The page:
Our research has shown that the mental skills training (MST) approach used in sport settings can be adapted to improve the well-being and chances of employability for some of the most socially excluded young people with a range of support needs (e.g. expectant or young mothers, learning difficulties, behavioural difficulties, substance misuse)
We have found that adolescents require a diverse set of personal and interpersonal mental qualities to be successful performers, and that the nature, development and regulation of these psychological characteristics depends on the performer's developmental stage and social environment
We have also established the essential factors required to help reach and maintain engagement of homeless young people: be led by participants; provide opportunities to develop social connections, competence and independence; and be experiential, fun and group-based
MST4LIFE - THE PROGRAMME
The MST4Life programme includes 4 key stages. First, each programme starts with a stakeholder consultation to understand the specific needs of the young people and staff at a particular project better. From here, the main programme consists of two phases: 10 life skills workshops and a 4-day residential trip to an outdoors pursuit centre (see below for more detail). Finally, each programme is concluded with a follow-up meeting to receive feedback and see how the young people are progressing in the lives (2-3 months after phase 2).
In Phase 1 of the MST4Life programme, participants engage in 10 experientially-oriented sessions informed by both sports and clinical psychology.
These sessions are designed to be fun, allow participants to engage in a variety of ways, and focus on developing an awareness and practice of mental skills.
After Phase 1 of their MST4Life training programme, participants have an opportunity to attend a four-day residential in the Lake District
Alongside a range of outdoor adventure activities, participants take on a challenging hike in the mountains, putting their physical and mental skills to the test
DISSEMINATING OUR RESEARCH
Below you can find some examples of how our research has been disseminated, click links provided for more information.
INFORMING POLICY & GUIDANCE
Below you can find examples of our research being evaluated, and cited in policy and guidance briefs
See project lead Prof Jenn Cumming's website for a more extensive list of academic publications
Quinton, M.L., Clarke, F.J., Parry, B.J., & Cumming, J. (2021). An evaluation of My Strengths Training for LifeTM for improving resilience and well-being of young people experiencing homelessness. Journal of Community Psychology.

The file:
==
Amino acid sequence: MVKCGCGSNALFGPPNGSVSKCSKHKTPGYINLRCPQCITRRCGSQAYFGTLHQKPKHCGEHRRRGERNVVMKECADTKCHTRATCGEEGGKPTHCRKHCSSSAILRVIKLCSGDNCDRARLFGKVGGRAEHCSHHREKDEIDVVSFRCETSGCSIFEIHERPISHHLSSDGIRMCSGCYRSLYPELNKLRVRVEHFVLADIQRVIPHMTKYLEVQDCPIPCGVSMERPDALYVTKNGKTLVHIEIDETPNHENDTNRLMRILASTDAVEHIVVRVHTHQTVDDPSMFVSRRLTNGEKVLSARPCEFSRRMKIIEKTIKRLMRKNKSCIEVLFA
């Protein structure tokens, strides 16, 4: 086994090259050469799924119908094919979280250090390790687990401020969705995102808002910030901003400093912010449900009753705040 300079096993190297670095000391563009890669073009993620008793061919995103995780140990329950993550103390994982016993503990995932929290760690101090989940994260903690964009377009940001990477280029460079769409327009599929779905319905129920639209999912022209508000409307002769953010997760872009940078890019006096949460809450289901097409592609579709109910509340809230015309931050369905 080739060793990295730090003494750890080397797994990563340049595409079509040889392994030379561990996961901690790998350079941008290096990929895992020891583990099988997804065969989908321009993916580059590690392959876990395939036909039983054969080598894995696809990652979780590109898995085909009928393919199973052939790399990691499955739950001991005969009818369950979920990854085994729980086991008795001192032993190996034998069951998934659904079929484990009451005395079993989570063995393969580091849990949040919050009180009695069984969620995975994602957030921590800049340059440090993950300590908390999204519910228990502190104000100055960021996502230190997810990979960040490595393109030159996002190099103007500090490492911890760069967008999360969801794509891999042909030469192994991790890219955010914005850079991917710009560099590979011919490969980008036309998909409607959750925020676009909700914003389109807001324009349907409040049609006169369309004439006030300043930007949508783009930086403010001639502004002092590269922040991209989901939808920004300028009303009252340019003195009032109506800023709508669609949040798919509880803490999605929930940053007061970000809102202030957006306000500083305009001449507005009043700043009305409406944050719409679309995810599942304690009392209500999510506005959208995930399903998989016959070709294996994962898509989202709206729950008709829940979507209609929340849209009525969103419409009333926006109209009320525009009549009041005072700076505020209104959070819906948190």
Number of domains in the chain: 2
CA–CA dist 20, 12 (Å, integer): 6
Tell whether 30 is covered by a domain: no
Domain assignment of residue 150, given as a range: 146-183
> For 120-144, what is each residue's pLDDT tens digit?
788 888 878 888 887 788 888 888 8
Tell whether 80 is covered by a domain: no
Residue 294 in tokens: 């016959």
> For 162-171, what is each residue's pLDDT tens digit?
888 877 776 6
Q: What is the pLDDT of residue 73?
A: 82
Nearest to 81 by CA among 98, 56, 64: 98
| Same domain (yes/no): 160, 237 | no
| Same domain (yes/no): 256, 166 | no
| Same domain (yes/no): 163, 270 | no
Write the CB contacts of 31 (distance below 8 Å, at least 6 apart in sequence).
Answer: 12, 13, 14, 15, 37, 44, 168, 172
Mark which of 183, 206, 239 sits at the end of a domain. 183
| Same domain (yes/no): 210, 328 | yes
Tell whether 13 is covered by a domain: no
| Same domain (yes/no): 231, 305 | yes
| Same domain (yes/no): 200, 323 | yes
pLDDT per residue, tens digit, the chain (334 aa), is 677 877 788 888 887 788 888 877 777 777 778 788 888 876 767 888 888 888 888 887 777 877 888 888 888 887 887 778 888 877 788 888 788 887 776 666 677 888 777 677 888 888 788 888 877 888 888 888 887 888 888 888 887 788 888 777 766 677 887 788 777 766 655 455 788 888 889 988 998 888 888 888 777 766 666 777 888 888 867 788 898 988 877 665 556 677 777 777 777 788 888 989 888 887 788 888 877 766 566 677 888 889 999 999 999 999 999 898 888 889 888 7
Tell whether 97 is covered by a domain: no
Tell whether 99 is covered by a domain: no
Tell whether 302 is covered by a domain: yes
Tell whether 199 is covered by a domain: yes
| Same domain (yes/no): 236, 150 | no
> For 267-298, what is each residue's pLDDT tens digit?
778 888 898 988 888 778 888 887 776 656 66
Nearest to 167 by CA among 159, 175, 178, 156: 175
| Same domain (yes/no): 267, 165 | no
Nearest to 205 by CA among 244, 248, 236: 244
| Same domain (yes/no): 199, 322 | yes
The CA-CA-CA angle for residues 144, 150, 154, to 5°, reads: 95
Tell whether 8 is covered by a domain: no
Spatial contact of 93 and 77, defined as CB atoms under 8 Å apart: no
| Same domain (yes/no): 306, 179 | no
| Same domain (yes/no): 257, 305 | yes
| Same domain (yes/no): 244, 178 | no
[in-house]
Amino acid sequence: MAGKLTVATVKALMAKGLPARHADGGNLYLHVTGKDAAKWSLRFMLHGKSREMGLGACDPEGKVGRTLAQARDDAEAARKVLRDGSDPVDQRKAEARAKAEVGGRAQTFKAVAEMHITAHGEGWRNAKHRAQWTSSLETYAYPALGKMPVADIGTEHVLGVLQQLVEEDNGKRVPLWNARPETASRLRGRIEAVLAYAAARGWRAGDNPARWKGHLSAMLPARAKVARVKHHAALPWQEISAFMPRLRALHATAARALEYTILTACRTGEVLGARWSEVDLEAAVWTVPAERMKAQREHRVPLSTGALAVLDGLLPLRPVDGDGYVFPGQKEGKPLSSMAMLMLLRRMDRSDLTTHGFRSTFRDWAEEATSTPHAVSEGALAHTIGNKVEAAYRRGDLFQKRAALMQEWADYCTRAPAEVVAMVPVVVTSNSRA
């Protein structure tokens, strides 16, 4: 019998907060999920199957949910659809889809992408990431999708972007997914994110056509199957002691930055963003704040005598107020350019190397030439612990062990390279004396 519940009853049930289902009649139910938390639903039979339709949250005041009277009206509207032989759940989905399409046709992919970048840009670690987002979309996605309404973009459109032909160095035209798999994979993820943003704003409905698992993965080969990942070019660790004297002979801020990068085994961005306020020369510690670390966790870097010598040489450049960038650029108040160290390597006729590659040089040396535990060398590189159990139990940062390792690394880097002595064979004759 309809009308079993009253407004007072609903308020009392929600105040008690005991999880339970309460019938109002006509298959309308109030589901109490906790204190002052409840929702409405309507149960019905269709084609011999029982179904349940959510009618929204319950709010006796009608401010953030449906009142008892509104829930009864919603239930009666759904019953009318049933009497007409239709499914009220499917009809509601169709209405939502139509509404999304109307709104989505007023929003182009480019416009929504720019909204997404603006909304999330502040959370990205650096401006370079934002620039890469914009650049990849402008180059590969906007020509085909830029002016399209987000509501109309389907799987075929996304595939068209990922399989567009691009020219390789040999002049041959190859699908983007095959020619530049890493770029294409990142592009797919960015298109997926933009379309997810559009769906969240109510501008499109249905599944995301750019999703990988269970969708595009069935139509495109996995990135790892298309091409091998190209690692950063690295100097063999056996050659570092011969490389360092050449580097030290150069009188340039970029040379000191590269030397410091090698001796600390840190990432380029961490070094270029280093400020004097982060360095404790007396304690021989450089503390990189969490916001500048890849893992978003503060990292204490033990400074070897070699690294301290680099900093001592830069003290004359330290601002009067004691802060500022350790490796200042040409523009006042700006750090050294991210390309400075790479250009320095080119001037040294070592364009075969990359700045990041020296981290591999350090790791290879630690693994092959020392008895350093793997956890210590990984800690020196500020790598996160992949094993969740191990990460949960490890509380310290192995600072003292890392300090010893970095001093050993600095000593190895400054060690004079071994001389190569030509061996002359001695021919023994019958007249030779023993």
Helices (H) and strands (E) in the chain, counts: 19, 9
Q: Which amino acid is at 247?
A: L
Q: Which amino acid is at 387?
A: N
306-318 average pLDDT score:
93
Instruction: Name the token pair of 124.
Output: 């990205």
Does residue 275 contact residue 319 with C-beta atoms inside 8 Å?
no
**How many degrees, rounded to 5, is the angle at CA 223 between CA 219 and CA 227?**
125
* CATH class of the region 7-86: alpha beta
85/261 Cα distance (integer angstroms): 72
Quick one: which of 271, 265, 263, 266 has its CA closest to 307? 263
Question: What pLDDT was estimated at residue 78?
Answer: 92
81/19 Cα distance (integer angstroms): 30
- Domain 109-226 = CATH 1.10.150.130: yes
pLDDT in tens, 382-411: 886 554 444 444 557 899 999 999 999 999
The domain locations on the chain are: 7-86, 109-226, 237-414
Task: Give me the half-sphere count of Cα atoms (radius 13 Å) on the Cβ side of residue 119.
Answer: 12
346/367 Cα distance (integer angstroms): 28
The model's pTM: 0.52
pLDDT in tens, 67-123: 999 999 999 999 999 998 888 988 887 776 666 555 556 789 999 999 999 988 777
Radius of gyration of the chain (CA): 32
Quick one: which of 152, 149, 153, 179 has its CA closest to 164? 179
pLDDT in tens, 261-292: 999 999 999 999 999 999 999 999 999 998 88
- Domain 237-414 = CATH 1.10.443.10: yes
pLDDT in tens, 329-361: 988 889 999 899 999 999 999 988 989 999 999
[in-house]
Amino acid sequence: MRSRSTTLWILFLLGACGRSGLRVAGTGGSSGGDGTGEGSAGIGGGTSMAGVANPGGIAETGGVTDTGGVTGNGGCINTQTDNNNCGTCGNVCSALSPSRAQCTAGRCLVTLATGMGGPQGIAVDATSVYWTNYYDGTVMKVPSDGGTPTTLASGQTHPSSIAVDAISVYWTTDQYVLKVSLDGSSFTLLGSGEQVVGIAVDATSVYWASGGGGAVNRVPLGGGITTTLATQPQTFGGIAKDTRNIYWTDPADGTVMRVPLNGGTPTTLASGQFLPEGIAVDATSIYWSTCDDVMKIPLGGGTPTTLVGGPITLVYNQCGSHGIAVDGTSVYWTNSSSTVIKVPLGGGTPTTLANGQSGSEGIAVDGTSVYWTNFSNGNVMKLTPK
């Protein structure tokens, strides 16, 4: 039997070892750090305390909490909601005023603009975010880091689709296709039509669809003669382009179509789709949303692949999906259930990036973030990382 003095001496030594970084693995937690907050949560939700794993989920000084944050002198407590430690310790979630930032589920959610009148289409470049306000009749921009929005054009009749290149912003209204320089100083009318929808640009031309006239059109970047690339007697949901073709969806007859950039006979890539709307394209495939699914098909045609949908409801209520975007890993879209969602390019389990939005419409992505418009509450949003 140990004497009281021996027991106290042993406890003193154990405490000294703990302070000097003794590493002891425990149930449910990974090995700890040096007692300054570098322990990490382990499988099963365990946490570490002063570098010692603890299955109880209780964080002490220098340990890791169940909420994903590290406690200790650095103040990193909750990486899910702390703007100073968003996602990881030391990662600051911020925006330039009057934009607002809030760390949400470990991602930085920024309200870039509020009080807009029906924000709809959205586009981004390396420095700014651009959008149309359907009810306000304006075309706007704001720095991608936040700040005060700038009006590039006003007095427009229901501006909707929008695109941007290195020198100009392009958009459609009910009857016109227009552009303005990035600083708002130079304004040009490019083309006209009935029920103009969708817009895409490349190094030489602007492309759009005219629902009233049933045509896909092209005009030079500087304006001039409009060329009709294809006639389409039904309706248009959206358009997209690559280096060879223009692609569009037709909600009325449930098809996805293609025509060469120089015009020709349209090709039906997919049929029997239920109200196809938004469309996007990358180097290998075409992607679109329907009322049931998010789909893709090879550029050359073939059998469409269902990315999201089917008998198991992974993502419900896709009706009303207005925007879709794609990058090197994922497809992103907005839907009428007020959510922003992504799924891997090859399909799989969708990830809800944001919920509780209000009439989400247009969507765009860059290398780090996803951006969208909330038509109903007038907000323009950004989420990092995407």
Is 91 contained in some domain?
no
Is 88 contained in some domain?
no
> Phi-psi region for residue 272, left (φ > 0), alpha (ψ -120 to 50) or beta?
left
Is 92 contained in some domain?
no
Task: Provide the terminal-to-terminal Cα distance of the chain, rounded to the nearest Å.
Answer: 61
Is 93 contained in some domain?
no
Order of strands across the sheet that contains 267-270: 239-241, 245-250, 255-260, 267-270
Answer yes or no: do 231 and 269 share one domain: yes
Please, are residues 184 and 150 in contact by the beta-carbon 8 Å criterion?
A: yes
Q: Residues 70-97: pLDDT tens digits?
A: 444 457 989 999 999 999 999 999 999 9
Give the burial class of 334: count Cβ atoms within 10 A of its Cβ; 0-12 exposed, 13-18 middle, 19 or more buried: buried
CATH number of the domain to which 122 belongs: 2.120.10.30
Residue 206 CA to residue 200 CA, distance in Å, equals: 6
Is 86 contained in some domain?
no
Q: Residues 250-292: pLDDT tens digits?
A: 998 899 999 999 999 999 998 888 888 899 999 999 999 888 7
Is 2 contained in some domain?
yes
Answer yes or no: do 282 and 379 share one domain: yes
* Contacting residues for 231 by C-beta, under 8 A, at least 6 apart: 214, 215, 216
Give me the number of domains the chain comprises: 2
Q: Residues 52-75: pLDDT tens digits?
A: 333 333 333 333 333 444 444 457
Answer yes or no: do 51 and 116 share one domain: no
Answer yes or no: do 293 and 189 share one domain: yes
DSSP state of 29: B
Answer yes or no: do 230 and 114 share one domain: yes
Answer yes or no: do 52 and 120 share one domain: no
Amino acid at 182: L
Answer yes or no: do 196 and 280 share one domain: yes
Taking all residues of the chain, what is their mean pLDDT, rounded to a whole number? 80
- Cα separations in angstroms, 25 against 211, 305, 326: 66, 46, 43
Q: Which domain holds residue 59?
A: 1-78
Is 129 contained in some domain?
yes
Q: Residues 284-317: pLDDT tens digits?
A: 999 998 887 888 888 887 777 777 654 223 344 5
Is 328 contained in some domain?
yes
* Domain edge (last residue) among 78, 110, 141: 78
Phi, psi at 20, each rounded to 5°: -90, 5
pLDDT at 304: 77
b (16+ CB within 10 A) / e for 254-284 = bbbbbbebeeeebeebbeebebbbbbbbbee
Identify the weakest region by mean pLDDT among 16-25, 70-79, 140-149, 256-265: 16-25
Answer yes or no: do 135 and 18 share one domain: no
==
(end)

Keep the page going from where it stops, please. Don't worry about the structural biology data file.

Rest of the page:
Parry, B.J., Thompson, J.T., Holland, M.J.G., Quinton, M.L., & Cumming, J. (2020). Improving outcomes in young people experiencing homelessness with My Strengths Training for LifeTM (MST4LifeTM): A qualitative realist evaluation. Children and Youth Services Review, 121, 105793.
Cooley, S.J., Quinton, M.L., Holland, M.J.G., Parry, B.J., & Cumming, J. (2019). The experiences of homeless youth when using strengths profiling to identify their character strengths. Frontiers, 24 Sep 2019.
Cooley, S. J., Eves, F. E., Cumming, J., & Burns, V.E. (2018). “Hitting the ground running”: preparing groups for outdoor learning using a theoretically-based video. Journal of Adventure Education and Outdoor Learning.
Cooley, S. J., Burns, V. E., & Cumming, J. (2016). Using outdoor adventure education to develop student groupwork skills: A quantitative exploration of reaction and learning. Journal of Experiential Education. https://doi.org/10.1177/1053825916668899
Cooley, S. J., Burns, V. E., & Cumming, J. (2015). The Role of Outdoor Education in Facilitating Groupwork in Higher Education. Higher Education. https://doi.org/10.1007/s10734-014-9791-4
Cooley, S. J., Cumming, J., Holland, M. J. G., & Burns, V. E. (2015). Developing the Model for Optimal Learning and Transfer (MOLT) following an evaluation of outdoor groupwork skills programmes. European Journal of Training and Development, 39, 104-121. https://doi.org/10.1108/EJTD-06-2014-0046
Cumming, J., Woodcock, C., Cooley, S. J., Holland, M. J. G., & Burns, V. E. (2015). Development and validation of the groupwork skills questionnaire. Assessment & Evaluation in Higher Education, 40, 988-101. https://doi.org/10.1080/02602938.2014.957642
Cooley, S. J., Holland, M. J. G., Cumming, J., Novakovic, E. G., Burns, V. E. (2014). Introducing the use of a semi-structured video diary room to investigate students’ learning experiences during an outdoor adventure education groupwork skills course. Higher Education, 67, 105-121. https://doi.org/10.1007/s10734-013-9645-5